From Alba to Neive along the banks of the Tanaro river, through the world famous Barbaresco crus
You leave Alba over the bridge across the Cherasca river, situated just beyond the cathedral and the Bishop’s Palace and head up the Altavilla hill, from where the Partisans descended into the town on 10th October 1944 to win it back from occupying Nazi forces – as Beppe Fenoglio relates in his most famous novel. The hill is divided by a steeply rising country road that rapidly brings you to the other side.
The Barbaresco hills are softly rounded – like the female form, Cesare Pavese would have said – and the path winds down through the poplar groves that surround the Seno d’Elvio, the little stream that lends its name to the nearby hamlet of Alba, where Barbaresco is also produced. A foot bridge crosses the stream at the point in which it joins the larger Tanaro, which has cut and shaped the hills into steep inland cliffs along its edges.
The narrow strip of land situated between the cliffs and the water is a haven of natural beauty seemingly far away from the noise of traffic and bustle of Alba. Here, you can also see the tunnels once belonging to the 19th-century Bra- Nizza Monferrato railway line cutting their way through the Wine Hills. Continue now along the banks of the Tanaro with an eye open to the wealth of wildlife it is possible to admire here including badgers, deer, wild boar, foxes, hares and many different bird species.
The surrounding wood and undergrowth contain willow, robinia, poplar, beech, oak, elder and hazel trees, nearly all of which are species that may harbour white truffles among their roots. The area is, in fact, a favourite hunting ground for truffle gatherers (‘trifolao’ in local dialect) and, if you fancy a try yourself, there is a ‘learner’s truffle wood’ beneath the Barbaresco tower! When you arrive at Pagliuzzi - where once you could cross the Tanaro on a rope-pulled ferry – you climb up into the Martinenga basin among celebrated crus, such as Asili, Rabajà and Fasèt. Here, the Roman Emperor Pertinace probably built his palace, named Villa Martis, from which the name Martinenga likely derives. This is a natural amphitheatre of vineyards, symbolic of the Langa wine producing area. For a complete map of all the local crus, we would advise you to call in at the Regional Enoteca Wine Shop, although you will be able to identify Bricco del Fasèt by its votive shrine.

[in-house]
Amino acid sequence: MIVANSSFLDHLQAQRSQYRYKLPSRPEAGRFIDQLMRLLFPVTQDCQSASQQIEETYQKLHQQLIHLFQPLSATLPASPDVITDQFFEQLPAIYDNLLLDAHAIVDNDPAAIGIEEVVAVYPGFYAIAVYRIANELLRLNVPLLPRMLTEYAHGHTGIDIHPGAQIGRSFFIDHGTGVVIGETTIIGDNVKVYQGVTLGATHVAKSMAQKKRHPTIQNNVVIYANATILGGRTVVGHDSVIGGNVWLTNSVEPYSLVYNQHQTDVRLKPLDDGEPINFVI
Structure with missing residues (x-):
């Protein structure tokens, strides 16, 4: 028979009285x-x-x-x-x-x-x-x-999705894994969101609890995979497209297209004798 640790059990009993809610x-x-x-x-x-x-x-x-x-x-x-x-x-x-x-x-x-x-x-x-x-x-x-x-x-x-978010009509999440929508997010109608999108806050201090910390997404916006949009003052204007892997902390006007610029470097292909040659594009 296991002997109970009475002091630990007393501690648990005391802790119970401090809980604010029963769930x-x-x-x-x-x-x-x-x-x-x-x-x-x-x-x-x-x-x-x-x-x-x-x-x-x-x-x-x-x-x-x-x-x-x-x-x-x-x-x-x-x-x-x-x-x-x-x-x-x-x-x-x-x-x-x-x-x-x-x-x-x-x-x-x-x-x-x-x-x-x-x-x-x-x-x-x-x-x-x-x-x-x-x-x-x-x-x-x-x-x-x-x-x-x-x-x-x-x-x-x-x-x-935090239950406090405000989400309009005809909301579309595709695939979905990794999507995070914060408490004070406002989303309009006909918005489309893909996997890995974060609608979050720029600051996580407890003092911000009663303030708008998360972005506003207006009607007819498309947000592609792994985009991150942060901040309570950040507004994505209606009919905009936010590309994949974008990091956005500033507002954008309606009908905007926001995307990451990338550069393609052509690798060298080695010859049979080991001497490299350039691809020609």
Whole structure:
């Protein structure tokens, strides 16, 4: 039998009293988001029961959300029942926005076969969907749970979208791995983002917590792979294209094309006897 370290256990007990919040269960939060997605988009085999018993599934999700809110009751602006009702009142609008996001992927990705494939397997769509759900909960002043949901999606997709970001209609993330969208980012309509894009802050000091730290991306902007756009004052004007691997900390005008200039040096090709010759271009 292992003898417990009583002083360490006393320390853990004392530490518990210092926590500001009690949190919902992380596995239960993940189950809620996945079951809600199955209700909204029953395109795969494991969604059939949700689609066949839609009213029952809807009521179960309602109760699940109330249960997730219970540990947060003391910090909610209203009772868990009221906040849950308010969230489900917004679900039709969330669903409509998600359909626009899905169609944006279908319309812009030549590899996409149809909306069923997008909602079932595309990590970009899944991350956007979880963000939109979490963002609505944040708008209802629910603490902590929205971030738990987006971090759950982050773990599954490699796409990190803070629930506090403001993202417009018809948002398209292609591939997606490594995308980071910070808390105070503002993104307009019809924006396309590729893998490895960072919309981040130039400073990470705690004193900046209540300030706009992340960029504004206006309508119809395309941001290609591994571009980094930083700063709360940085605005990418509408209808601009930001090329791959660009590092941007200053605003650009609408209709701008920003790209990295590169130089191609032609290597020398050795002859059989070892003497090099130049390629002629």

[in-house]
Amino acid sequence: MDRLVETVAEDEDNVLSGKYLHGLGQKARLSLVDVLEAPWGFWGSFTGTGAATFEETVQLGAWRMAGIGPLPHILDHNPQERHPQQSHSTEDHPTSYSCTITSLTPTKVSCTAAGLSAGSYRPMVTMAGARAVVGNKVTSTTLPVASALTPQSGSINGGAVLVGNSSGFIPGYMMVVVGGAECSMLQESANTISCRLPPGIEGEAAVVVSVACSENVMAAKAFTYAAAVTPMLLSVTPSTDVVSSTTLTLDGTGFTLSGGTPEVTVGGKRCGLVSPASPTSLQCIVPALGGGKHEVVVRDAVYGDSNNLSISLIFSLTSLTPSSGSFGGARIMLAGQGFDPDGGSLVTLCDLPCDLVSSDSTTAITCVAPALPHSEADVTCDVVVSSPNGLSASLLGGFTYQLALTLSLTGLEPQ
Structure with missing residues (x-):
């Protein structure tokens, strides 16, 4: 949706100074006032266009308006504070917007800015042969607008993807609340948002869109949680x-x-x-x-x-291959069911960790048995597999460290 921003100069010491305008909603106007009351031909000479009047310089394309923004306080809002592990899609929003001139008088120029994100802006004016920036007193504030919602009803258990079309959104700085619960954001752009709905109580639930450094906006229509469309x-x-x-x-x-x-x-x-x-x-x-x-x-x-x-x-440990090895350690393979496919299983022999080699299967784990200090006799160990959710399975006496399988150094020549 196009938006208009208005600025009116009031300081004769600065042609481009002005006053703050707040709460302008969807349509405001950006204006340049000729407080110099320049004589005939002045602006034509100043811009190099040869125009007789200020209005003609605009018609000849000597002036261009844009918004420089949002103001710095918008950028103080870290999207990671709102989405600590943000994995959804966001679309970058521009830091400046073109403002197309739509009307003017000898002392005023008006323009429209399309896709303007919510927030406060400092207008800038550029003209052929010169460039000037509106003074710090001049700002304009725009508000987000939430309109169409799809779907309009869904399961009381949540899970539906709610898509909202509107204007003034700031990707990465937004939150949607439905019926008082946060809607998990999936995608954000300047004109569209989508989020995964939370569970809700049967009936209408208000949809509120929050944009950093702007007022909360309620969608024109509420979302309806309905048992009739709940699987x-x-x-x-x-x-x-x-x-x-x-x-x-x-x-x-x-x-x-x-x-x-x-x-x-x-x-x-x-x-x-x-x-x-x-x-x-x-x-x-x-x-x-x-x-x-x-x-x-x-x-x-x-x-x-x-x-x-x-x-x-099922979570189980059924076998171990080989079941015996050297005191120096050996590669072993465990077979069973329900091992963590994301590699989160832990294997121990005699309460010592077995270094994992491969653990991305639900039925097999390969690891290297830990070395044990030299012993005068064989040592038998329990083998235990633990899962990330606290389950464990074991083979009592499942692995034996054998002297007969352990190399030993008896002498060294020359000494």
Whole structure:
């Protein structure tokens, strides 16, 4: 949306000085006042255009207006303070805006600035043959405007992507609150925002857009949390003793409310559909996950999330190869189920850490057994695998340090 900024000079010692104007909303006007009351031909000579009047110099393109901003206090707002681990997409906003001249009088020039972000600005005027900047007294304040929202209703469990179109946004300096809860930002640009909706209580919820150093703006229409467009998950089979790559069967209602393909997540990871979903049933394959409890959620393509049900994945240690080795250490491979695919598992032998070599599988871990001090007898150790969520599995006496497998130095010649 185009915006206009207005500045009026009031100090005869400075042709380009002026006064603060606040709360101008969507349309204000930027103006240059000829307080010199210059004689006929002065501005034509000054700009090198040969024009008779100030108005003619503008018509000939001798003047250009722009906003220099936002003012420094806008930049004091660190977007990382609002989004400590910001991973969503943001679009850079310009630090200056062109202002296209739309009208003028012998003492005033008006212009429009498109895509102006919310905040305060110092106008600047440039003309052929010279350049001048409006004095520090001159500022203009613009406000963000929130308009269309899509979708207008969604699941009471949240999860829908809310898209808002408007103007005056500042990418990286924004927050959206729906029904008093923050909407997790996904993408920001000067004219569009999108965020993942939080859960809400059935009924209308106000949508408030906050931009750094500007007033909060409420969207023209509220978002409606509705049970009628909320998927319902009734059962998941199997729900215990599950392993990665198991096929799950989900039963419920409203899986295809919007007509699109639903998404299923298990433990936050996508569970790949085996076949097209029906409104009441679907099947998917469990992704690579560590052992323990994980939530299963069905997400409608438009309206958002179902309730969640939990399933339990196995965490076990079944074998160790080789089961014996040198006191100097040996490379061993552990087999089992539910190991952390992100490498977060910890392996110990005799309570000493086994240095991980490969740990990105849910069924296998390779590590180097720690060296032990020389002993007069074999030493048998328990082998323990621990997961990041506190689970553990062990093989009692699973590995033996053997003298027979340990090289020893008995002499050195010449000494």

The second great valley-side of vineyards beyond this also includes many famous names. The village of Barbaresco is of red brick and very well preserved, with its castle and watch tower spectacularly positioned 30 metres on the top of a cliff above the river. If you have chosen to continue along the river, the Secondine road will take you directly into the village. Here, from 2010 you will be able to admire the view from the top of the watch tower. Essential visiting is also the Enoteca and one or more of the dozens of wineries – not forgetting the cuisine to be enjoyed in the area’s restaurants.
For more walking, the local municipality has prepared three special circular vineyard routes for visitors, all of which leave from the village of Barbaresco. Setting out again towards Neive, you pass through the Montestefano hamlet, another area of crus, as is the nearby Montefico, then descend down the steep hillside that takes you into the valley below with its poplars and open fields – and, again, the picturesque little railway.
Neive is considered rightly to be one of the loveliest villages of Italy, with many landowners’ houses situated in the historical centre, beneath the tower and castle – these days a famous winery. Don’t miss the historical centre, the ‘Bottega dei Quattro Vini’ (shop of the four wines) and the isolated Romanesque bell tower of Santa Maria del Piano. The village was also home to celebrated Grappa producer and local character Romano Levi, who passed away last year and whose poetic and innocent presence stills lingers in the village. From the village station, you can quickly return to Alba by train.